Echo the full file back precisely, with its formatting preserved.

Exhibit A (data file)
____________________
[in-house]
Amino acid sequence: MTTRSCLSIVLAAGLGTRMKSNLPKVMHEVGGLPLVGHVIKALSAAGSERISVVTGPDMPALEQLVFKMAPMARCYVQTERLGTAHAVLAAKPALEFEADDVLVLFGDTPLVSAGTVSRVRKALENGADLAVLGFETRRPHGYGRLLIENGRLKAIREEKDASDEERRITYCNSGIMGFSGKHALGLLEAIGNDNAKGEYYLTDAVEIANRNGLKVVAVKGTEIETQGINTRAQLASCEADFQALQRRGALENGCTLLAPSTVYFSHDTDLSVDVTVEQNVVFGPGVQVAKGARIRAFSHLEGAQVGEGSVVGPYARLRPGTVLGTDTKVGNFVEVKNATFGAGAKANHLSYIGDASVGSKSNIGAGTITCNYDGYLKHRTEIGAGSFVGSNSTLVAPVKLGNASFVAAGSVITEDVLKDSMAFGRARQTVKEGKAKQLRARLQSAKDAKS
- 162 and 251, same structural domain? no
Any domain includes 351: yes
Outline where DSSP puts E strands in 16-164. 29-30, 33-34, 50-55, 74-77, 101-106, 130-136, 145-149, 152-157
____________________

[in-house]
Amino acid sequence: MTTRSCLSIVLAAGLGTRMKSNLPKVMHEVGGLPLVGHVIKALSAAGSERISVVTGPDMPALEQLVFKMAPMARCYVQTERLGTAHAVLAAKPALEFEADDVLVLFGDTPLVSAGTVSRVRKALENGADLAVLGFETRRPHGYGRLLIENGRLKAIREEKDASDEERRITYCNSGIMGFSGKHALGLLEAIGNDNAKGEYYLTDAVEIANRNGLKVVAVKGTEIETQGINTRAQLASCEADFQALQRRGALENGCTLLAPSTVYFSHDTDLSVDVTVEQNVVFGPGVQVAKGARIRAFSHLEGAQVGEGSVVGPYARLRPGTVLGTDTKVGNFVEVKNATFGAGAKANHLSYIGDASVGSKSNIGAGTITCNYDGYLKHRTEIGAGSFVGSNSTLVAPVKLGNASFVAAGSVITEDVLKDSMAFGRARQTVKEGKAKQLRARLQSAKDAKS
- 162 and 251, same structural domain? no
Any domain includes 351: yes
Outline where DSSP puts E strands in 16-164. 29-30, 33-34, 50-55, 74-77, 101-106, 130-136, 145-149, 152-157